Featured Research

from universities, journals, and other organizations

University Of Maryland Named NIH Reproduction Research Site

Date:
September 22, 1998
Source:
University Of Maryland, Baltimore
Summary:
The University of Maryland School of Medicine's Center for Studies in Reproduction has been chosen as the site for a Specialized Cooperative Centers Program in Reproduction Research. One of only four centers funded nationwide this year, the new center is supported by a five-year, $3.6 million grant from the National Institute of Child Health and Human Development, National Institutes of Health.

The University of Maryland School of Medicine's Center forStudies in Reproduction has been chosen as the site for a SpecializedCooperative Centers Program in Reproduction Research. One of only fourcenters funded nationwide this year, the new center is supported by afive-year, $3.6 million grant from the National Institute of ChildHealth and Human Development, National Institutes of Health.

The NIH grant will fund four reproduction research projects and asupportive core laboratory focusing on the effects of steroid hormonesin regulating pituitary, ovarian and uterine function and their impacton fertility. Nine faculty members from five departments will serve asprincipal and co-investigators for the research.

Based in the laboratories of the Center for Studies inReproduction, the specialized research program will take acollaborative, multi-disciplinary approach to the study of femalereproductive biology. Its aim is to bridge the gap between basiclaboratory research and clinical medicine, to speed transfer ofscientific knowledge from animal models to humans.

The cooperative centers program will form a national networkthat fosters research excellence with the ultimate goal of improvinghuman reproductive health.

Director of the center is Eugene D. Albrecht, PhD, professor ofobstetrics, gynecology and reproductive sciences and of physiology.

Other principal investigators for the new cooperative centers programinclude three faculty from the University of Maryland School ofMedicine: Karen A. Gregerson, PhD, associate professor of pediatrics andphysiology; Gloria E. Hoffman, PhD, professor of anatomy andneurobiology; Robert D. Koos, PhD, professor and director of thegraduate program in physiology; and Gerald Pepe, PhD, Eastern VirginiaMedical School.


Story Source:

The above story is based on materials provided by University Of Maryland, Baltimore. Note: Materials may be edited for content and length.


Cite This Page:

University Of Maryland, Baltimore. "University Of Maryland Named NIH Reproduction Research Site." ScienceDaily. ScienceDaily, 22 September 1998. <www.sciencedaily.com/releases/1998/09/980922073026.htm>.
University Of Maryland, Baltimore. (1998, September 22). University Of Maryland Named NIH Reproduction Research Site. ScienceDaily. Retrieved August 22, 2014 from www.sciencedaily.com/releases/1998/09/980922073026.htm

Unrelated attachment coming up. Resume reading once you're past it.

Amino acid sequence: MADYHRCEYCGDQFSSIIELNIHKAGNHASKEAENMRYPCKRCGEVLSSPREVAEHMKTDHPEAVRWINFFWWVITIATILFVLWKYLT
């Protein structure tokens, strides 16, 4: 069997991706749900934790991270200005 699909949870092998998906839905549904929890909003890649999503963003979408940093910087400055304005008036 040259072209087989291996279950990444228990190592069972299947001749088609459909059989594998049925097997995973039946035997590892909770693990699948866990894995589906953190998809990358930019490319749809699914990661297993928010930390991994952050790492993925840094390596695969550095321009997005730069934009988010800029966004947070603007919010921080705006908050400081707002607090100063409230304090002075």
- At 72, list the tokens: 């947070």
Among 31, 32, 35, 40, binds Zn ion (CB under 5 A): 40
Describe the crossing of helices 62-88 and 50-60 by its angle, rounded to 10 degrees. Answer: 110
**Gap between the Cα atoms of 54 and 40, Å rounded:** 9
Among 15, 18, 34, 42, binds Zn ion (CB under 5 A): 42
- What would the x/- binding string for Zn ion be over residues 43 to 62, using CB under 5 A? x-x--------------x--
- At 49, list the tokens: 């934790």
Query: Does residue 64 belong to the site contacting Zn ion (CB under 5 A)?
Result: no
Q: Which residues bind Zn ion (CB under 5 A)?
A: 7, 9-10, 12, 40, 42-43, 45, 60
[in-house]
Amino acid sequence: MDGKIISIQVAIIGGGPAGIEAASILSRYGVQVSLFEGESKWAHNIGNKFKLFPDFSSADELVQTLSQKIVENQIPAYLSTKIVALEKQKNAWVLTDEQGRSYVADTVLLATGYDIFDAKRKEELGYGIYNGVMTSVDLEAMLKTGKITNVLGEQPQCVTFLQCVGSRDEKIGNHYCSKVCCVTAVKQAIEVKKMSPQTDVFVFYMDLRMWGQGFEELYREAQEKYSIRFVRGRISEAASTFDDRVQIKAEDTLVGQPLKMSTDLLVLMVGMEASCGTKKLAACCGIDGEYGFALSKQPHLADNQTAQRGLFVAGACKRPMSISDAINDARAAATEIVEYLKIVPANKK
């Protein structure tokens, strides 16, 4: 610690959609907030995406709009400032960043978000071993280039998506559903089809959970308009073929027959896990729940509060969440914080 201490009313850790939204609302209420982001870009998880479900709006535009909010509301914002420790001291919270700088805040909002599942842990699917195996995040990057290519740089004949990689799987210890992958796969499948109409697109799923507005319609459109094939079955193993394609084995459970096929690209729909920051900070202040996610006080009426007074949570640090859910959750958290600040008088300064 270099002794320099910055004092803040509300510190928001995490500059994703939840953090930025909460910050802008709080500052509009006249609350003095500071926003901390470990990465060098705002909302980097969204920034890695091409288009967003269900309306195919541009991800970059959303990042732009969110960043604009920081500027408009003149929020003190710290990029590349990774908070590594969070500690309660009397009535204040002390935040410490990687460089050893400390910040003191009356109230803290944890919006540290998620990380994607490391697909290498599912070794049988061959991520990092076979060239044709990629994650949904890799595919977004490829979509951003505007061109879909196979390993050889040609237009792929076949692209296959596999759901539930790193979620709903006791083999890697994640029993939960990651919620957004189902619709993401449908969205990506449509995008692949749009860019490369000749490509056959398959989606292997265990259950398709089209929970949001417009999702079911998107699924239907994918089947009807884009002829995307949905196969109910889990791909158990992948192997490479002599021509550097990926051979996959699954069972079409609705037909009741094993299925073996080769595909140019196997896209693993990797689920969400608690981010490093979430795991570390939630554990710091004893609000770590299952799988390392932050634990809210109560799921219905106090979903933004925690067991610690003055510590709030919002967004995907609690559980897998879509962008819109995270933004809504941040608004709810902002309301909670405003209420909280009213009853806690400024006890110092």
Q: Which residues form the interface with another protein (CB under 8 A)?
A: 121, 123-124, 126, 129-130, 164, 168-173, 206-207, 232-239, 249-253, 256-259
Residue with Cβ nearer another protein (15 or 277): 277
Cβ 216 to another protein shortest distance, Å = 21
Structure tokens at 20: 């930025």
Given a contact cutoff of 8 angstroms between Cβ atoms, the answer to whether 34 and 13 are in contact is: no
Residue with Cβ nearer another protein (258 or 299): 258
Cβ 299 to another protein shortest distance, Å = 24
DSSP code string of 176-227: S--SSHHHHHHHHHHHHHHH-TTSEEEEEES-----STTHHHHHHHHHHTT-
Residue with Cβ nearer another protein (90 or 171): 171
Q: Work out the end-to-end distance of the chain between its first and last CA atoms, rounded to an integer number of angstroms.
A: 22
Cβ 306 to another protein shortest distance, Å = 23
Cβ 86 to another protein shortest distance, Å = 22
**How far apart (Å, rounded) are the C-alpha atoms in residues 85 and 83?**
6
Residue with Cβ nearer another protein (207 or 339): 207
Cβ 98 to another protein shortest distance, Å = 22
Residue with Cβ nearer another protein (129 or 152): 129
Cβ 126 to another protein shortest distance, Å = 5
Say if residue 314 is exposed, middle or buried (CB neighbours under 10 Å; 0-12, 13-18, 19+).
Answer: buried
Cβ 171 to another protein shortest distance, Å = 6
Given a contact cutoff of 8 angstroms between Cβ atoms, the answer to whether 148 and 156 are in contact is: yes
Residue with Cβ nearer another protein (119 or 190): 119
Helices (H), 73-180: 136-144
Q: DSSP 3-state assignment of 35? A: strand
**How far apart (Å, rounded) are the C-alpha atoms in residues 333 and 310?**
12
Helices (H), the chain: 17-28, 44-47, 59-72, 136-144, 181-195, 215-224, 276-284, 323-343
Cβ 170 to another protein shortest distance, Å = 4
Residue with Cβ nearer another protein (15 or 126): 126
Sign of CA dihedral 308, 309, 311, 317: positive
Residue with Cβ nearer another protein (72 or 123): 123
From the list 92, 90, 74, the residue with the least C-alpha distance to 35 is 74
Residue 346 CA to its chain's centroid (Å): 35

University Of Maryland, Baltimore. "University Of Maryland Named NIH Reproduction Research Site." ScienceDaily. www.sciencedaily.com/releases/1998/09/980922073026.htm (accessed August 22, 2014).

Share This




More Health & Medicine News

Friday, August 22, 2014

Featured Research

from universities, journals, and other organizations


Featured Videos

from AP, Reuters, AFP, and other news services

Drug Used To Treat 'Ebola's Cousin' Shows Promise

Drug Used To Treat 'Ebola's Cousin' Shows Promise

Newsy (Aug. 21, 2014) An experimental drug used to treat Marburg virus in rhesus monkeys could give new insight into a similar treatment for Ebola. Video provided by Newsy
Powered by NewsLook.com
Two US Ebola Patients Leave Hospital Free of the Disease

Two US Ebola Patients Leave Hospital Free of the Disease

AFP (Aug. 21, 2014) Two American missionaries who were sickened with Ebola while working in Liberia and were treated with an experimental drug are doing better and have left the hospital, doctors say on August 21, 2014. Duration: 01:05 Video provided by AFP
Powered by NewsLook.com
Cadavers, a Teen, and a Medical School Dream

Cadavers, a Teen, and a Medical School Dream

AP (Aug. 21, 2014) Contains graphic content. He's only 17. But Johntrell Bowles has wanted to be a doctor from a young age, despite the odds against him. He was recently the youngest participant in a cadaver program at the Indiana University NW medical school. (Aug. 21) Video provided by AP
Powered by NewsLook.com
American Ebola Patients Released: What Cured Them?

American Ebola Patients Released: What Cured Them?

Newsy (Aug. 21, 2014) It's unclear whether the American Ebola patients' recoveries can be attributed to an experimental drug or early detection and good medical care. Video provided by Newsy
Powered by NewsLook.com

Search ScienceDaily

Number of stories in archives: 140,361

Find with keyword(s):
Enter a keyword or phrase to search ScienceDaily for related topics and research stories.

Save/Print:
Share:

Breaking News:
from the past week

In Other News

... from NewsDaily.com

Science News

Health News

Environment News

Technology News



Save/Print:
Share:

Free Subscriptions


Get the latest science news with ScienceDaily's free email newsletters, updated daily and weekly. Or view hourly updated newsfeeds in your RSS reader:

Get Social & Mobile


Keep up to date with the latest news from ScienceDaily via social networks and mobile apps:

Have Feedback?


Tell us what you think of ScienceDaily -- we welcome both positive and negative comments. Have any problems using the site? Questions?
Mobile: iPhone Android Web
Follow: Facebook Twitter Google+
Subscribe: RSS Feeds Email Newsletters
Latest Headlines Health & Medicine Mind & Brain Space & Time Matter & Energy Computers & Math Plants & Animals Earth & Climate Fossils & Ruins